LONDON: Marketing budgets in the UK have been revised sharply upwards in the second quarter of 2013 as business confidence soars, according to new data.
The latest IPA Bellwether survey
, which features data drawn from a panel of around 300 UK marketing professionals and provides a key indicator of the health of the economy, found a net balance of +7.3% for the quarter. This represented the difference between companies increasing their marketing budgets and those trimming them and was the highest such score since Q3 2007.
For the year as a whole, the net balance was +13.5%, the most positive forecast in two years.
The news follows the recent Advertising Association/Warc Expenditure Report
which noted that adspend had increased 2.4% in the first quarter as the sector's recovery continued, with a 2.6% rise anticipated for the full year.
In addition, companies were at their most upbeat since Q3 2009, registering a net balance of +27.6% on their financial prospects, a sharp improvement on Q1's +16.8%.
Companies were "taking an increasingly aggressive stance with regard to boosting their marketing expenditure", noted Chris Williamson, chief economist at Markit and author of the report.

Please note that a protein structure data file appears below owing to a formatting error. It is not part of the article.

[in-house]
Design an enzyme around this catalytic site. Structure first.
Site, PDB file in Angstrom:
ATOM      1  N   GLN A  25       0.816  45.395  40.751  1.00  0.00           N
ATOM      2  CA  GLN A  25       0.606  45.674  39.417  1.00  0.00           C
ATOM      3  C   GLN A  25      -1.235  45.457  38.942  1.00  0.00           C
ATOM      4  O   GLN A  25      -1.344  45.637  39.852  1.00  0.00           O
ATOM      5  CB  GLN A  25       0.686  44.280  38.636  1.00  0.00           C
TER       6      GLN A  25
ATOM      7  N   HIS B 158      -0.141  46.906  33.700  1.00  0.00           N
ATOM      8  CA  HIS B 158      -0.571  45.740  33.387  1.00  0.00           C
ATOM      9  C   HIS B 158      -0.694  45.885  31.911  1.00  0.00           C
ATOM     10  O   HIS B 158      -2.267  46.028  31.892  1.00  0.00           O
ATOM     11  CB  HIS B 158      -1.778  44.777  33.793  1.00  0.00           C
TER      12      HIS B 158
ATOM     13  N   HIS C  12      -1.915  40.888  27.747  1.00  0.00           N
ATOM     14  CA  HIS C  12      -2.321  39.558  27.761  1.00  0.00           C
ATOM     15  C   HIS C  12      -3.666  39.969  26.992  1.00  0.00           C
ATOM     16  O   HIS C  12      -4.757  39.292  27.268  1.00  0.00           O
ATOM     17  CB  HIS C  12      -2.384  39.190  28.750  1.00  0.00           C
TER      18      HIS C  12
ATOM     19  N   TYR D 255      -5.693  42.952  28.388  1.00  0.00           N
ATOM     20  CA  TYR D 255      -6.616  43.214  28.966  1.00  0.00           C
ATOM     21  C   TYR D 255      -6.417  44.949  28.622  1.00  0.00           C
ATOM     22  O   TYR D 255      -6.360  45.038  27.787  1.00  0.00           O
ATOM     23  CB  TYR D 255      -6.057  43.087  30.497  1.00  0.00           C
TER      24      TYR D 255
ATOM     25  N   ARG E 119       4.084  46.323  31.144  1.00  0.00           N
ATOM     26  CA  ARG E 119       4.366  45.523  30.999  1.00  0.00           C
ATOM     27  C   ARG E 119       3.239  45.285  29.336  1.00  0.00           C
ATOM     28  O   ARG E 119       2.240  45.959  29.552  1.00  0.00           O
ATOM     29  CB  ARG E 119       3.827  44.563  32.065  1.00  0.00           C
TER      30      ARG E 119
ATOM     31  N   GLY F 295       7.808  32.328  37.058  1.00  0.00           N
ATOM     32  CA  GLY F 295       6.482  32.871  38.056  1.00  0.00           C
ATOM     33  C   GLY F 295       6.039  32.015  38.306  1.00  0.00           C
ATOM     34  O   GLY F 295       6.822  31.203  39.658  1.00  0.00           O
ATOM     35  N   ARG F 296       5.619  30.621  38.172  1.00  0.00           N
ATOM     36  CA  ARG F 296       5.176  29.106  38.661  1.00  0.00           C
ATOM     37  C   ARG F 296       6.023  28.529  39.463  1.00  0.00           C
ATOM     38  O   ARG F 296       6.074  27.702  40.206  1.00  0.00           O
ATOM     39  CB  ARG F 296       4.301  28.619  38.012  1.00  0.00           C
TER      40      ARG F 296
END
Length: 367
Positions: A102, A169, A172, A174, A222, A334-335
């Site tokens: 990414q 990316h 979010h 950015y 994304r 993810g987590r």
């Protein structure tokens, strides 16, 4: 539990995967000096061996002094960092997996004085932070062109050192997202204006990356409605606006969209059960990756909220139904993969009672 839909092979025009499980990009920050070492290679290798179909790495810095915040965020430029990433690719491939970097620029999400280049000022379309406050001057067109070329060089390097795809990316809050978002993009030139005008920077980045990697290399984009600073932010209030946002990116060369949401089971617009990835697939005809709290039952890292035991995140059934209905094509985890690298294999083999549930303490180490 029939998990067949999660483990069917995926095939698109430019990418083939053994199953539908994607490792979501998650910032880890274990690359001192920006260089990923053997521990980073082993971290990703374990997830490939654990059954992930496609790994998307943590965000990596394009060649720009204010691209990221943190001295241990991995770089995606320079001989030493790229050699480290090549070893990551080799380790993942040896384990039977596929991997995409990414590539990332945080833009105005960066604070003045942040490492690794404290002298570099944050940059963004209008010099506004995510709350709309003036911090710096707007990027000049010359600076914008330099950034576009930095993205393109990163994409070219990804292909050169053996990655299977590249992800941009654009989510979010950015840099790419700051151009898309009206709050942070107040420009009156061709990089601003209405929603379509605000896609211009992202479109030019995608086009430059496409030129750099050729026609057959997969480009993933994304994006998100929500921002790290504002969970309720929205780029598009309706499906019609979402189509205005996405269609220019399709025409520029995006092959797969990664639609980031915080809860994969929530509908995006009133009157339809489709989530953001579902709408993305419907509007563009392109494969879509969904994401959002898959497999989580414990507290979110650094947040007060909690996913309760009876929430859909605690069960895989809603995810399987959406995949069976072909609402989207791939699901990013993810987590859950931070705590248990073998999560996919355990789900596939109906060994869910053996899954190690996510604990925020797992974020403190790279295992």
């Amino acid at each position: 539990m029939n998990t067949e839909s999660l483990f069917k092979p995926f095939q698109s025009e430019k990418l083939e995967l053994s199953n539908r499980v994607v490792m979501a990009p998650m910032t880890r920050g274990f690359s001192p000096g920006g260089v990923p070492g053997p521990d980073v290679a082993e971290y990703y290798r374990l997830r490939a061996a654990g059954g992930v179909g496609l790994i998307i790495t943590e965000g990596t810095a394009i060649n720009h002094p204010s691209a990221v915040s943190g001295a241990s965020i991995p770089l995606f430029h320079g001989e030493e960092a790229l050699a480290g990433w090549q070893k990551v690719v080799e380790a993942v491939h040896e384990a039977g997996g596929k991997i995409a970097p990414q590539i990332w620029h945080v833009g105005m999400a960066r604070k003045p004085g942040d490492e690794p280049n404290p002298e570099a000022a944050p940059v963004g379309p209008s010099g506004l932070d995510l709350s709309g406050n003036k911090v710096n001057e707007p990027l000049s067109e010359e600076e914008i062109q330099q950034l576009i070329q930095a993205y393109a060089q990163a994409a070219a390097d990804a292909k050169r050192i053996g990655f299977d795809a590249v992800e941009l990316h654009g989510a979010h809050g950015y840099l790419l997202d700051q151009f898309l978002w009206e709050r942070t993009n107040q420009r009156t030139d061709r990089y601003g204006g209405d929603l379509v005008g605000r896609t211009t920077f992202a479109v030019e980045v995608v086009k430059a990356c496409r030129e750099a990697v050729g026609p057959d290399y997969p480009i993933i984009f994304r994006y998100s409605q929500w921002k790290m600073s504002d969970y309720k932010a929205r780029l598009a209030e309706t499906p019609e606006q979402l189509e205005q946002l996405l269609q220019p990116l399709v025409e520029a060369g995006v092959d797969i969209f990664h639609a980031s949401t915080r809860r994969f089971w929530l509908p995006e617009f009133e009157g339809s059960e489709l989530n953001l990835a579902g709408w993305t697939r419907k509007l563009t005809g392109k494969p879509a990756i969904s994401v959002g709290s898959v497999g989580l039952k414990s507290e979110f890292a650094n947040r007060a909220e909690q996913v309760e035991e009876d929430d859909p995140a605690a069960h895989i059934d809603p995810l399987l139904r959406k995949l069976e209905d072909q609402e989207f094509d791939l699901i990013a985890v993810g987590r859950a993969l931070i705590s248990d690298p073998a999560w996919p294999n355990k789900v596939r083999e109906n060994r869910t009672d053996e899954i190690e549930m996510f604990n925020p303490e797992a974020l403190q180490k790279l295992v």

This was, he said, a reflection of "their views on financial prospects having improved dramatically over the course of the year to date".
Most marketing categories showed an increase in budgets for the quarter, the most important being the internet sector, where a net balance of +17.4% was a marked improvement on the first quarter figure of +8.9%.
This was followed by PR, a recent addition to the survey, with a net balance of +3.4%, the highest in three quarters of data collection.
Sales promotion recorded a figure of +2.0%, main media advertising +1.9% and direct marketing +0.6%.
Market research budgets were unchanged, while there were falls in events and 'other', of -0.9% and -3.2% respectively.
Discussing the overall figures, Paul Bainsfair, IPA general director, said: "These figures should send a very upbeat message to the wider economy".
And Williamson added that the official growth forecast for the economy in 2013 of +0.6% was "all of a sudden starting to look overly pessimistic".
Data sourced from IPA; additional content by Warc staff